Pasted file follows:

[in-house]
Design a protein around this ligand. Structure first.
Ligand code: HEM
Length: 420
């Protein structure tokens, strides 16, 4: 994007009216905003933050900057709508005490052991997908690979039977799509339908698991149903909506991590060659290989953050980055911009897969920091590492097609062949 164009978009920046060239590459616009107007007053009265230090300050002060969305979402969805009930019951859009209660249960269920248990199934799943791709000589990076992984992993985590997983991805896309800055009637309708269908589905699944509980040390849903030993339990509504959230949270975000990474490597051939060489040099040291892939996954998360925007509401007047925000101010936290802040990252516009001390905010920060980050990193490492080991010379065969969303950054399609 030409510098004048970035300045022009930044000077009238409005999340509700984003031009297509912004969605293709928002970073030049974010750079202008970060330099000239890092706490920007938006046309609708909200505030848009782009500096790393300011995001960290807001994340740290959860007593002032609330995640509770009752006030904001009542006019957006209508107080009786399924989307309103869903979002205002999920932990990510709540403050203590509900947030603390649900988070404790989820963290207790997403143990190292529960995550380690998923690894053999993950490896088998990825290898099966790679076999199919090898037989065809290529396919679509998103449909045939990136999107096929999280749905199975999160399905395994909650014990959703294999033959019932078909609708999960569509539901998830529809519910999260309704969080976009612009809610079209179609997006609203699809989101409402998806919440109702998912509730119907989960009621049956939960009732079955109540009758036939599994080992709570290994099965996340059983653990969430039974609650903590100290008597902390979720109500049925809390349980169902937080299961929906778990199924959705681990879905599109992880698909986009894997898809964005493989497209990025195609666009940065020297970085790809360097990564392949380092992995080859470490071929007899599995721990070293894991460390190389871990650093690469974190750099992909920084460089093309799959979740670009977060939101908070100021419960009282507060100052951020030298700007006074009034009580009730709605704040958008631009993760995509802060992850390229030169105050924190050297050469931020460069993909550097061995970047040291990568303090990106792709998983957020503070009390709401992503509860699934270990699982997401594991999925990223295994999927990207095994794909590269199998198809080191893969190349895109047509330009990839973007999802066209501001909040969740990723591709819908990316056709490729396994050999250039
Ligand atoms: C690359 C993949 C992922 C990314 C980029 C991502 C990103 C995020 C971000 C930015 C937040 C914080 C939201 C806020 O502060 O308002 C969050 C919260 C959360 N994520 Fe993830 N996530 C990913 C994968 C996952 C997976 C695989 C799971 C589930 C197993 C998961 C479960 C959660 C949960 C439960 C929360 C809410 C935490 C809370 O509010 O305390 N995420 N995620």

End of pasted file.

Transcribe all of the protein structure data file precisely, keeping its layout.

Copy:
[in-house]
Design a protein around this ligand. Structure first.
Ligand code: HEM
Length: 420
């Protein structure tokens, strides 16, 4: 994007009216905003933050900057709508005490052991997908690979039977799509339908698991149903909506991590060659290989953050980055911009897969920091590492097609062949 164009978009920046060239590459616009107007007053009265230090300050002060969305979402969805009930019951859009209660249960269920248990199934799943791709000589990076992984992993985590997983991805896309800055009637309708269908589905699944509980040390849903030993339990509504959230949270975000990474490597051939060489040099040291892939996954998360925007509401007047925000101010936290802040990252516009001390905010920060980050990193490492080991010379065969969303950054399609 030409510098004048970035300045022009930044000077009238409005999340509700984003031009297509912004969605293709928002970073030049974010750079202008970060330099000239890092706490920007938006046309609708909200505030848009782009500096790393300011995001960290807001994340740290959860007593002032609330995640509770009752006030904001009542006019957006209508107080009786399924989307309103869903979002205002999920932990990510709540403050203590509900947030603390649900988070404790989820963290207790997403143990190292529960995550380690998923690894053999993950490896088998990825290898099966790679076999199919090898037989065809290529396919679509998103449909045939990136999107096929999280749905199975999160399905395994909650014990959703294999033959019932078909609708999960569509539901998830529809519910999260309704969080976009612009809610079209179609997006609203699809989101409402998806919440109702998912509730119907989960009621049956939960009732079955109540009758036939599994080992709570290994099965996340059983653990969430039974609650903590100290008597902390979720109500049925809390349980169902937080299961929906778990199924959705681990879905599109992880698909986009894997898809964005493989497209990025195609666009940065020297970085790809360097990564392949380092992995080859470490071929007899599995721990070293894991460390190389871990650093690469974190750099992909920084460089093309799959979740670009977060939101908070100021419960009282507060100052951020030298700007006074009034009580009730709605704040958008631009993760995509802060992850390229030169105050924190050297050469931020460069993909550097061995970047040291990568303090990106792709998983957020503070009390709401992503509860699934270990699982997401594991999925990223295994999927990207095994794909590269199998198809080191893969190349895109047509330009990839973007999802066209501001909040969740990723591709819908990316056709490729396994050999250039
Ligand atoms: C690359 C993949 C992922 C990314 C980029 C991502 C990103 C995020 C971000 C930015 C937040 C914080 C939201 C806020 O502060 O308002 C969050 C919260 C959360 N994520 Fe993830 N996530 C990913 C994968 C996952 C997976 C695989 C799971 C589930 C197993 C998961 C479960 C959660 C949960 C439960 C929360 C809410 C935490 C809370 O509010 O305390 N995420 N995620």